Cause of Tiger Woods’ auto crash revealed by Los Angeles police
Six weeks after Tiger Woods crashed his sports utility vehicle in Southern California, police revealed the cause of the accident: excessive speed.
Woods was driving more than 85 miles per hour in a 45 mile per hour zone, according to Los Angeles County Sheriff Alex Villanueva, and was unable to “negotiate the curves of the roadway.” After jumping the median and crossing two lanes of opposing traffic, Woods’s vehicle left the road and was going 75 miles per hour when it struck a tree, Villanueva said, at a news conference Wednesday morning.
The crash left Woods with a severely injured right leg; he is now recovering at his Jupiter Island, Fla., home.
Woods showed no sign of intoxication or impairment at the scene of the accident, Villanueva said. He said that no blood was drawn at the site of the crash because there was no probable cause. Officers also had more pressing concerns, he said.
“Our primary concern was his safety,” Villanueva said. “This is where you have to switch gears and make sure the person can survive and receives the medical care they need.”
Villanueva said that Woods would not be fined for speeding and that no criminal charges would be filed. He also dismissed the notion that Woods had received preferential treatment, saying that investigators have handled the incident “no differently” than they would “any collision of this type based on these circumstances.”
These latest details from the Feb. 23 crash, released only after Woods waived his right to privacy, stem in part from data gathered from the Genesis SUV’s event data recorder, also known as the “black box.” According to the data, there was no evidence of braking throughout the crash. On the contrary, the data showed that there was 99 precent pressure applied to the accelerator. Investigators believe this mostly likely occurred as Woods attempted to brake but inadvertently stepped on the gas instead.
James Powers, captain of the Lomita Sheriff’s Station, said the data also showed that the vehicle had been steered both left and right after it first struck the median, but that it was unclear if that steering was intentional or simply caused by multiple impacts in the crash. Powers said the first two recorded impacts occurred as the vehicle crossed the center median. A third took place when the vehicle struck a curb on the far side of the opposing lanes, and a fourth when it collided with a tree 71 feet from the road. That collision with the tree “caused the vehicle to go airborne and do a somewhat pirouette, landing on its side,” Powers said.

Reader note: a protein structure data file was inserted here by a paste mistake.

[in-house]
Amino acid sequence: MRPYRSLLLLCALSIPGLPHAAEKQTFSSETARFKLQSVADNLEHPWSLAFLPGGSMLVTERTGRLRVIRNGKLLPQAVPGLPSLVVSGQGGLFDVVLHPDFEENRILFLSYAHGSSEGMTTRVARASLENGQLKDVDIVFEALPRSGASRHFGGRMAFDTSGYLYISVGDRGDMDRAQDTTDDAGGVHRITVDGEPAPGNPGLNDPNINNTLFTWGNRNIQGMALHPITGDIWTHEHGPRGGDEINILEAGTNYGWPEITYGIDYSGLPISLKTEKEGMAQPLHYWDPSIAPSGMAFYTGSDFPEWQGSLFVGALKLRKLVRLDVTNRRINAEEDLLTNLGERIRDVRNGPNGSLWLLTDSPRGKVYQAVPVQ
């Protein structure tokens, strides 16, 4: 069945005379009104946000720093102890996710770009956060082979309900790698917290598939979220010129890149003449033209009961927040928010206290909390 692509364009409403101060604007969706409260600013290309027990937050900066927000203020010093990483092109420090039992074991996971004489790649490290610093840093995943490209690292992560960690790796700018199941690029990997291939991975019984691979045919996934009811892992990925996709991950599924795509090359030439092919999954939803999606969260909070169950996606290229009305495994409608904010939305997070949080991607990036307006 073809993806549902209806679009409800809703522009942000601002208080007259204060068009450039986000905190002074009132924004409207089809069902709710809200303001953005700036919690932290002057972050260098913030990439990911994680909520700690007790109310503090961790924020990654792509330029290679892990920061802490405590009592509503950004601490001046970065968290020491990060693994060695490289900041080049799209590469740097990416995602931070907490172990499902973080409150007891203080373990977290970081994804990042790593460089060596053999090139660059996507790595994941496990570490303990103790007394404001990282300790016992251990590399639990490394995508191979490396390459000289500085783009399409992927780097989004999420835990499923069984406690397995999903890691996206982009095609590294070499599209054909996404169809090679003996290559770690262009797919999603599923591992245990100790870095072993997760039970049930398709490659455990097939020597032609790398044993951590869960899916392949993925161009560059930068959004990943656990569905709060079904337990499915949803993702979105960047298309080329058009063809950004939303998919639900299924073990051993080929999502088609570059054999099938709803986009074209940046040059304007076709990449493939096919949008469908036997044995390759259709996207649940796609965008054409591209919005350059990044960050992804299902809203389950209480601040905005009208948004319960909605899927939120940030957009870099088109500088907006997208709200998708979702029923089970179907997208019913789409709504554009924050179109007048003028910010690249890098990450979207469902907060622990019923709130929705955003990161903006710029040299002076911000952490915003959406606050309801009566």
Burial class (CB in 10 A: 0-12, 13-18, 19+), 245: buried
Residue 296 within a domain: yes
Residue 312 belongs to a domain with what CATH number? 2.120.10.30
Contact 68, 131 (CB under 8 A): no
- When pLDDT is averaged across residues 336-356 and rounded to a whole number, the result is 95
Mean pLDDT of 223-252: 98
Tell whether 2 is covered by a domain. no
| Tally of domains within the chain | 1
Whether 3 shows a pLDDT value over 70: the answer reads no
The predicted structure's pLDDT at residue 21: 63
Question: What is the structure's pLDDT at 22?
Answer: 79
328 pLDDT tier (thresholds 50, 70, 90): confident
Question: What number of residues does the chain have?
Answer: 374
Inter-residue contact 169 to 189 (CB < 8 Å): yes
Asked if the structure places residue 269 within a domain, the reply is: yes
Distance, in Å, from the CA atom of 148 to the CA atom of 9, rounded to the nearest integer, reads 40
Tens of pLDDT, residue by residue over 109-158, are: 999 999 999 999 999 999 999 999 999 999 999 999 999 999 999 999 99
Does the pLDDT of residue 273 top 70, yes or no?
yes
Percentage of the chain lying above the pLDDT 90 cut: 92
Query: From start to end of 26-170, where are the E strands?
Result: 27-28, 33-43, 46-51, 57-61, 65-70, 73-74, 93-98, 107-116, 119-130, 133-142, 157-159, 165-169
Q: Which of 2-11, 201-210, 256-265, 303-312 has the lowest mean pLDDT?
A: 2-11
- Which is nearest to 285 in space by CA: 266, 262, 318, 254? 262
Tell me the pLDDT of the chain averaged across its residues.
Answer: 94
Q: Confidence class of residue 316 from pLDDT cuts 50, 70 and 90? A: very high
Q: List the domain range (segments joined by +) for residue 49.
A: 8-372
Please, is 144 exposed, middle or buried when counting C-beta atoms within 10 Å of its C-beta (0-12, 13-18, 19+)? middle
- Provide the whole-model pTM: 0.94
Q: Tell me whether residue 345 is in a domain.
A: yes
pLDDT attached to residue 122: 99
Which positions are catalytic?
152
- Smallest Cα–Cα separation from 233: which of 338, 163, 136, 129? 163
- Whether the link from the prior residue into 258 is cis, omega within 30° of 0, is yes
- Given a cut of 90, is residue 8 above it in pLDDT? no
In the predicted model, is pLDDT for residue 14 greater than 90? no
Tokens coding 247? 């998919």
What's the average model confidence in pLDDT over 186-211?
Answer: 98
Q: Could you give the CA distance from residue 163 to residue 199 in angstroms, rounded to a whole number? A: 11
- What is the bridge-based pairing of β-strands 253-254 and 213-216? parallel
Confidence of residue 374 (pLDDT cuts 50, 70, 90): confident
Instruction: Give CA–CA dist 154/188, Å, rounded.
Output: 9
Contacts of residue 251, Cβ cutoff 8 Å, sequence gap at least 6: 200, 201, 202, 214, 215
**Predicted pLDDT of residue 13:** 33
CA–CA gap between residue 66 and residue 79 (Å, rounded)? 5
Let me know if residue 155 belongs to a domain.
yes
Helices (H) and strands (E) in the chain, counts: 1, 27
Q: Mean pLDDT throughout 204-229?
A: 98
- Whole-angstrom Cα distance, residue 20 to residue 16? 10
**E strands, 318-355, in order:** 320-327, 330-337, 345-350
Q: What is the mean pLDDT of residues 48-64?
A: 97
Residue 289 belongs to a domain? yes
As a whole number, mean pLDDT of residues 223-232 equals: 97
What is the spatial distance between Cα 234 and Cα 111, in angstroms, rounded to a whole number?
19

Powers said that Woods was conscious when officers arrived on the scene and that there was no slurring in his speech or any other indication of impairment. There was “no odor of alcohol, no open containers in the vehicle and no narcotics or any evidence of narcotics or medication in the car or on his person,” Powers said.
Asked if there was any indication of distracted driving, such as texting, Powers said that investigators had not checked Woods’ cell phone because there was “no need to do that.”
Woods was not charged with a crime, Villanueva said, because there was no evidence that he had committed one. Speeding is an infraction, not a criminal act, he said, and because there were no independent witnesses and no law enforcement officers who observed Woods’ driving, there were no grounds for a fine.
These conclusions mark the official close to an investigation into an incident that turned the golf world upside down, sidelining the game’s most famous player while triggering an outpouring of concern and support from his peers.
Also on Wednesday, which is Masters eve at Augusta National, Woods’ Twitter page flashed with a message from the golfer, expressing gratitude to “both the good samaritans who came to assist me and called 911.” Woods also thanked law enforcement officers and first responders for “helping me so expertly at the scene and getting me safely to the hospital. I will continue to focus on my recovery and family, and thank everyone for the overwhelming support and encouragement I’ve received through this very difficult time.”
On Tuesday, at Augusta National, both Rory McIlroy and Justin Thomas said they had visited recently with Woods at his home, and both said they were encouraged by his recovery thus far.
“When you hear of these things and you look at the car and you see the crash, you think he’s going to be in a hospital bed for six months,” McIlroy said. “But he was actually doing better than that. I spent a couple hours with him, which was nice. It was good to see him in decent spirits.”